By GAIL COLLINS
Seriously. We have an economy that’s crashing and a vacuum at the top. Bush — who is currently on a trip to Peru to meet with Asian leaders who no longer care what he thinks — hasn’t got the clout, or possibly even the energy, to do anything useful. His most recent contribution to resolving the fiscal crisis was lecturing representatives of the world’s most important economies on the glories of free-market capitalism.
Putting Barack Obama in charge immediately isn’t impossible. Dick Cheney, obviously, would have to quit as well as Bush. In fact, just to be on the safe side, the vice president ought to turn in his resignation first. (We’re desperate, but not crazy.) Then House Speaker Nancy Pelosi would become president until Jan. 20. Obviously, she’d defer to her party’s incoming chief executive, and Barack Obama could begin governing.
As a bonus, the Pelosi presidency would put a woman in the White House this year after all. On the downside, a few right-wing talk-show hosts might succumb to apoplexy. That would, of course, be terrible, but I’m afraid we might have to take the risk in the name of a greater good.
Can I see a show of hands? How many people want George W. out and Barack in?
A great many Americans have been counting the days all year on their 2008 George W. Bush Out of Office Countdown calendars. I know a lot of this has been going on because so many people congratulated me when the Feb. 1 Bush quote turned out to be from one of my old columns. (“I think we need not only to eliminate the tollbooth from the middle class, I think we should knock down the tollbooth.”)
This was not nearly as good as Feb. 5 (“We ought to make the pie higher”) or Feb. 21 (“I understand small business growth. I was one.”) But we do what we can.
In the past, presidents have not taken well to suggestions that they hand over the reins before the last possible minute. Senator J. William Fulbright suggested a plan along those lines when Harry Truman was coming to the end of a term in a state of deep unpopularity, and Truman called him “Halfbright” for the rest of his life. Bush might not love the idea of quitting before he has a chance to light the Christmas tree or commute the execution of one last presidential turkey. After all, he still has a couple more trips planned. And last-minute regulations to issue. (So many national parks to despoil, so many endangered species to exterminate ... .) And then there’s all the packing.
On the other hand, he might want to consider his legacy, such as it is.
In happier days, Bush may have nurtured hopes of making it into the list of America’s mediocre presidents, but somewhere between Iraq and Katrina, that goal became a mountain too high. However, he might still have a chance to avoid the absolute bottom of the barrel, a spot currently occupied by James Buchanan, at least in my opinion. Buchanan nailed down The Worst President title in the days between Abraham Lincoln’s election and inauguration, when the Southern states began seceding and Buchanan, after a little flailing about, did absolutely nothing. “Doing nothing is almost the worst thing a president can do,” said the historian Michael Beschloss.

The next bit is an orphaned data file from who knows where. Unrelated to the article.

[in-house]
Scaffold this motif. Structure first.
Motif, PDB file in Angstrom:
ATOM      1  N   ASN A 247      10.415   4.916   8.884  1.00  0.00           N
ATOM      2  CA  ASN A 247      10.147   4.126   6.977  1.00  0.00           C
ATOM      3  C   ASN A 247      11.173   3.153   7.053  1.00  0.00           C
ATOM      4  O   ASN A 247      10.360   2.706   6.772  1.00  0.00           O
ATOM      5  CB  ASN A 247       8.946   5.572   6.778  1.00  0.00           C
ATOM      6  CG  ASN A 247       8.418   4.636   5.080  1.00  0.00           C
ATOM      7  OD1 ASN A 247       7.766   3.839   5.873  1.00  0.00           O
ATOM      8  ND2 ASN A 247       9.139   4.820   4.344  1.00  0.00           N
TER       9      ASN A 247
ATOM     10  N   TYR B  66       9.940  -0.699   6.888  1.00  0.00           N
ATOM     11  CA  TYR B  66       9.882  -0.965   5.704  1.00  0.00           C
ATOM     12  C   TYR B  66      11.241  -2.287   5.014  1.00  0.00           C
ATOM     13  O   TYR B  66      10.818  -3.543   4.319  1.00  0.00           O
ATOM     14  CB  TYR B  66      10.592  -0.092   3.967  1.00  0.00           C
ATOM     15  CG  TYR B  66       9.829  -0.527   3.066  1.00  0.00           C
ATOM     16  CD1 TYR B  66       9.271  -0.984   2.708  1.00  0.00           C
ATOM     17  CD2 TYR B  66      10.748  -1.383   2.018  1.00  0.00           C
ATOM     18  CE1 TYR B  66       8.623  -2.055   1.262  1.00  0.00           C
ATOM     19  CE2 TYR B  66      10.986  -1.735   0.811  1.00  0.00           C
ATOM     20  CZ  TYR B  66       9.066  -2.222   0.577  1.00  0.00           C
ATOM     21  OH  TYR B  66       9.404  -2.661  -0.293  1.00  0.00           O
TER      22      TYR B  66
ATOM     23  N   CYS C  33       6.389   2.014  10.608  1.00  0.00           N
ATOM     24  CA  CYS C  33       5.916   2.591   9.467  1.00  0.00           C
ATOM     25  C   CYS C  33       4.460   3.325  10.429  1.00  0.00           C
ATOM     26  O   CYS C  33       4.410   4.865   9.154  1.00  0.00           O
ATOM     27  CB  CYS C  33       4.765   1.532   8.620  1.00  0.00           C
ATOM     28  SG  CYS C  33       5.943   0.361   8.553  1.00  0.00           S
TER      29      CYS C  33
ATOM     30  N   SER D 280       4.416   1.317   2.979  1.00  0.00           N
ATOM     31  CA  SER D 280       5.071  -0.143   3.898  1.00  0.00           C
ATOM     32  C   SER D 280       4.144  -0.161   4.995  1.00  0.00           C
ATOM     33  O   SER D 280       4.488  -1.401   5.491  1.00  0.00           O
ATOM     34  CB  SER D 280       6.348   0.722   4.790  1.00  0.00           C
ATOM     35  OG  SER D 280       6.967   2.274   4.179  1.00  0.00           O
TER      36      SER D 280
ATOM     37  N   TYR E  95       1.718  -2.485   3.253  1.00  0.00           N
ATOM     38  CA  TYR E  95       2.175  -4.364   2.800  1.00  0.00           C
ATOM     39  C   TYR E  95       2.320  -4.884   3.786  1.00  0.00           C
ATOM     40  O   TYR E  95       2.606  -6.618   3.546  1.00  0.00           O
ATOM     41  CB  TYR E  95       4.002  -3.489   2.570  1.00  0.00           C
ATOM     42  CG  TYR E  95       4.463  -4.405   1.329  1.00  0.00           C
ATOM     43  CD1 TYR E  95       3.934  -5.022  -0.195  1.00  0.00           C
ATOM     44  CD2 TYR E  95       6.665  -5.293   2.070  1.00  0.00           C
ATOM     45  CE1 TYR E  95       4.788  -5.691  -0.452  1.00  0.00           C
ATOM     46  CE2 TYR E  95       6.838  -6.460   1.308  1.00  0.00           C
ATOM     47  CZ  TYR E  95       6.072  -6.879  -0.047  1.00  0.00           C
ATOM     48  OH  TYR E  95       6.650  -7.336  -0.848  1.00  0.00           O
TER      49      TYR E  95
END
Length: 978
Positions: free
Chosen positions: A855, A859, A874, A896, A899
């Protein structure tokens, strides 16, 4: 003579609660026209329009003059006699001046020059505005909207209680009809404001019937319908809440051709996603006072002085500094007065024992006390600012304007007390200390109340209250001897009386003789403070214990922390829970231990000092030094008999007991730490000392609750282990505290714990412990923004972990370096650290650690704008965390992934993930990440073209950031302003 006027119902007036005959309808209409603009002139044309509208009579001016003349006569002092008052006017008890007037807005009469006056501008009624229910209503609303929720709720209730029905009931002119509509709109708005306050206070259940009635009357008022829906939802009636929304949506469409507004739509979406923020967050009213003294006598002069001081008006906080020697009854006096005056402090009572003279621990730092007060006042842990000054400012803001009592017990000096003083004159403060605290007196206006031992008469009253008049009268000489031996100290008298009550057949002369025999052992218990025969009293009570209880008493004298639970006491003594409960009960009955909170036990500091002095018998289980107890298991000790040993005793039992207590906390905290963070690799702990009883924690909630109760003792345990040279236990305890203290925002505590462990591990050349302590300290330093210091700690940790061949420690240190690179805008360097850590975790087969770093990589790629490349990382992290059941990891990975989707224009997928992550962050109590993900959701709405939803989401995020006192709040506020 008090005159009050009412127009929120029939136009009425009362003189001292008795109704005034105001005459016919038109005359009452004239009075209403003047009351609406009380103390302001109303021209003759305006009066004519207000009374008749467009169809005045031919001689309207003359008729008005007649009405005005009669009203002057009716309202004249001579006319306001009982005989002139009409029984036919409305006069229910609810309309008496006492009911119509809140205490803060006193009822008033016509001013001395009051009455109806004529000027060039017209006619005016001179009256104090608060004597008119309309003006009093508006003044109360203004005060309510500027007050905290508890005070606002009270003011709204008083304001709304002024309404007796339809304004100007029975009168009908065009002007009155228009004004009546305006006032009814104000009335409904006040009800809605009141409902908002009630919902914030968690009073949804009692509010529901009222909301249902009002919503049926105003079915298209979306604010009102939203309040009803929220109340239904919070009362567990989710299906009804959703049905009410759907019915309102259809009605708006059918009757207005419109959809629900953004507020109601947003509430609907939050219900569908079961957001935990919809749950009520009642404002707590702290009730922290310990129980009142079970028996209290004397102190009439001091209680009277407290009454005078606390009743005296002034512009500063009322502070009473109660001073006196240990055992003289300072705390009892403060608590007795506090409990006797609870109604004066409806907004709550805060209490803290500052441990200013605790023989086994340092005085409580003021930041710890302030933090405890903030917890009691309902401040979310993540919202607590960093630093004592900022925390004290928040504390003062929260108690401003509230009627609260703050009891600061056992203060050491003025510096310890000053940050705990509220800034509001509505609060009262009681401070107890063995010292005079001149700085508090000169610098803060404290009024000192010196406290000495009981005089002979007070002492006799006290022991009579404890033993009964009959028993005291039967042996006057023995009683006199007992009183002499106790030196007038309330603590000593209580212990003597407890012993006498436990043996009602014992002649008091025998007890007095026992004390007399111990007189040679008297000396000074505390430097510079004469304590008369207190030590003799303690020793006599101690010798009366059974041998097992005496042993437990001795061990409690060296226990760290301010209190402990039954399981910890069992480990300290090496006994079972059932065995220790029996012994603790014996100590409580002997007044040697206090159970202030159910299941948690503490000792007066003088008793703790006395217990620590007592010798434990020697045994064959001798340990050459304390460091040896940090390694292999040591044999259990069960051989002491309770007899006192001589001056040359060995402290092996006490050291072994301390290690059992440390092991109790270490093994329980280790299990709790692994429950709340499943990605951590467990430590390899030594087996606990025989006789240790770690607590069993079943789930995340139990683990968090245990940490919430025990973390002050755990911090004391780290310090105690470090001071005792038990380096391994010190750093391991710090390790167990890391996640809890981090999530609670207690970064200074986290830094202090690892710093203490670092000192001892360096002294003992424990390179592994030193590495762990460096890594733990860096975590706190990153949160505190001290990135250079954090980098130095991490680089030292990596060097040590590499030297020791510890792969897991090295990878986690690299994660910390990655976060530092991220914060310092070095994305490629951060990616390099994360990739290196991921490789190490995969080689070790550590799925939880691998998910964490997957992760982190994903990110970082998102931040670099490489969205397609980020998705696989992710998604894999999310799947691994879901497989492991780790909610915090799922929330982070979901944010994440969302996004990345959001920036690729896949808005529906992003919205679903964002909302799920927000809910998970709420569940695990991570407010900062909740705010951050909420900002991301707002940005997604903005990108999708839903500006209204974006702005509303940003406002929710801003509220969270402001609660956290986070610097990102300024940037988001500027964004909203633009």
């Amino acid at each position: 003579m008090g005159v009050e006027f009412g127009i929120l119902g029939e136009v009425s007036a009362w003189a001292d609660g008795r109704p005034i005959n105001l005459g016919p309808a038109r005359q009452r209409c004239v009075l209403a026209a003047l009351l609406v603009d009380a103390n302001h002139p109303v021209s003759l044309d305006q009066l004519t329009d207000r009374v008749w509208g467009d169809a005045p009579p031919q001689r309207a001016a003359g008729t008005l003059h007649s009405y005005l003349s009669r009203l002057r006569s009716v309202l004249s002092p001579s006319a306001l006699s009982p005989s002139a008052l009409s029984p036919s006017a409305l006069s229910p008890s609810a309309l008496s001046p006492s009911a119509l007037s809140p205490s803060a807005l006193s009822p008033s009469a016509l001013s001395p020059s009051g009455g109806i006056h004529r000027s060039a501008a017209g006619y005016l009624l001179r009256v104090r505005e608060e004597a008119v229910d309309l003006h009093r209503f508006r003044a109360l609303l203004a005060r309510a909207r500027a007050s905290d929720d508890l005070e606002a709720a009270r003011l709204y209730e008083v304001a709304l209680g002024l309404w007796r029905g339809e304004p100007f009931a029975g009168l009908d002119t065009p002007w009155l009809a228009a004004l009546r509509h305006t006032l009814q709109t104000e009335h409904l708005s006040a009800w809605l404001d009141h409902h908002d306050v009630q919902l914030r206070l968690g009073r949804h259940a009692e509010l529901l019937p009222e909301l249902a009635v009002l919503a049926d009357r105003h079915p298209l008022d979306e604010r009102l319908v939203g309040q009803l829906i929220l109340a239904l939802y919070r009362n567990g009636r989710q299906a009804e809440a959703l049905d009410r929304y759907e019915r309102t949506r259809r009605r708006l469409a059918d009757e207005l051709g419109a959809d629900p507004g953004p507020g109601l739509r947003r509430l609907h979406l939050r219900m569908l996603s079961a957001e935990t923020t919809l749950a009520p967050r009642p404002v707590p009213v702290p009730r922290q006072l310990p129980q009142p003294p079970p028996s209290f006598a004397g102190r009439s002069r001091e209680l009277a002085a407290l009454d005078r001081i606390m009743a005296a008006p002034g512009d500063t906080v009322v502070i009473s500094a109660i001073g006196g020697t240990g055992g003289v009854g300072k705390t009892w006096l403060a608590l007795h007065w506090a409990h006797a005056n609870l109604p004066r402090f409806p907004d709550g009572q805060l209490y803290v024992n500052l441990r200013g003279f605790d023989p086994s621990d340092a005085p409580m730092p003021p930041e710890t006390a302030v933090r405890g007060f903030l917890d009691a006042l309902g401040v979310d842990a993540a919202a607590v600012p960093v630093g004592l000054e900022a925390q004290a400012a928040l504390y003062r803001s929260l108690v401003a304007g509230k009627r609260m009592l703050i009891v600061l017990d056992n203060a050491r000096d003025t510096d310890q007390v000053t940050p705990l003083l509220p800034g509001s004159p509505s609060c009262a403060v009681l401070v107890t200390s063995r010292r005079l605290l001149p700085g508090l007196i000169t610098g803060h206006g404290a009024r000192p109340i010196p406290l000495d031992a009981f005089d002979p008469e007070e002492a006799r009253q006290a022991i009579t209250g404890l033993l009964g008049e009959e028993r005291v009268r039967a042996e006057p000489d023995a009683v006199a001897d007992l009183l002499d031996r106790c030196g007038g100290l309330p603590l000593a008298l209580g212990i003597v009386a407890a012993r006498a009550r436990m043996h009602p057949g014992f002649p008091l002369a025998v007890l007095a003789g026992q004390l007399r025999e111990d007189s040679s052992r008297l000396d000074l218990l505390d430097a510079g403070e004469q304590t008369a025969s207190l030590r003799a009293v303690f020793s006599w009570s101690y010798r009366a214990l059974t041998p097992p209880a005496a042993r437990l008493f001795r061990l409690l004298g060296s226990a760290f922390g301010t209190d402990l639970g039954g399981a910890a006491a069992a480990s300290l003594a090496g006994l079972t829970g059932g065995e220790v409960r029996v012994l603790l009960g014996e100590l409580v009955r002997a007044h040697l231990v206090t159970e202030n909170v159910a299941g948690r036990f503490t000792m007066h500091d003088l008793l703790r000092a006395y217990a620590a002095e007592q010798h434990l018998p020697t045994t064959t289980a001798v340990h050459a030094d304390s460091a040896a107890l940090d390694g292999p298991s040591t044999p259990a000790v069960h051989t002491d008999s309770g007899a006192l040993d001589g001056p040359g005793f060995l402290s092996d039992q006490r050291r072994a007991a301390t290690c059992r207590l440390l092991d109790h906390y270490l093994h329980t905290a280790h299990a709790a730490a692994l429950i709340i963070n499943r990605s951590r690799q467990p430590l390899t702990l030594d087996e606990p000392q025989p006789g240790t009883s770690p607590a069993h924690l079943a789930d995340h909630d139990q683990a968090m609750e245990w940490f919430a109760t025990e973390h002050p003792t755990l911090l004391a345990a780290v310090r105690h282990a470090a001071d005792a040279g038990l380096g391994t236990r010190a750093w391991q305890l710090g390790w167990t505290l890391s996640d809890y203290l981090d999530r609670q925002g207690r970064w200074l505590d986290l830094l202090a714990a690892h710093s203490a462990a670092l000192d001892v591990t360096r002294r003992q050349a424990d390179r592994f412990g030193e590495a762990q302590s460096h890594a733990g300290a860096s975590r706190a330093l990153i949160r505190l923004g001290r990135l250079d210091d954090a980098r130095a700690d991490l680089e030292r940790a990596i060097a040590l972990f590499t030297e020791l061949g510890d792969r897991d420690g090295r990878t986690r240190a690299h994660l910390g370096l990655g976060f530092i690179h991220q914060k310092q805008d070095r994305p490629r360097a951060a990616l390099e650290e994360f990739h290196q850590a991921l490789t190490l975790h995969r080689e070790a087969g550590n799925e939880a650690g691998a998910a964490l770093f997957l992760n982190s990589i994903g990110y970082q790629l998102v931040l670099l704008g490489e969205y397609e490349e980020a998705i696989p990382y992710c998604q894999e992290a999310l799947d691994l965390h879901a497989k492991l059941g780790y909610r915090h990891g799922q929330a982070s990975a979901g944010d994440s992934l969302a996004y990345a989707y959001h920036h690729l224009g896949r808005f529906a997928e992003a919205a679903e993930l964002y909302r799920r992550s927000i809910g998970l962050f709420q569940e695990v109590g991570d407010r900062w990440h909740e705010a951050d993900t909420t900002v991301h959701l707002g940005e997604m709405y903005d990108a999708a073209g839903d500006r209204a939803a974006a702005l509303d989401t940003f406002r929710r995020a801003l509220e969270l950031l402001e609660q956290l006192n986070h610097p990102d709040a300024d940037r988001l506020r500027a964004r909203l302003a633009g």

If Bush gives up doing nothing by giving up his job, it’s possible that someday history might elevate him to the ranks of the below average. Better than Franklin Pierce! Smarter than Warren Harding! And healthier than William Henry Harrison!
The person who would like this plan least probably would be Barack Obama. Who would want to be saddled with the auto industry’s problems ahead of schedule? The heads of America’s great carmaking corporations are so dim that they couldn’t even survive hearings run by members of Congress who actually wanted to help them. Really, when somebody asks you exactly how much money you need, the answer should not be something along the line of “a whole bunch.”
An instantaneous takeover would also ruin the Obama team’s plan to have the tidiest, best-organized presidential transition in history. Cutting it short and leaping into governing would turn their measured march toward power into a mad scramble. A lot of their Cabinet picks are still working on those 62-page questionnaires.
But while there’s been no drama with Obama, we’ve been living a Technicolor version of “The Perils of Pauline.” Detroit is tied to the railroad tracks and the train is coming! California’s state government is falling into the sea! The way we’re going now, by the time the inauguration rolls around, unemployment will be at 10 percent and the Dow will be at 10.
Time for a change.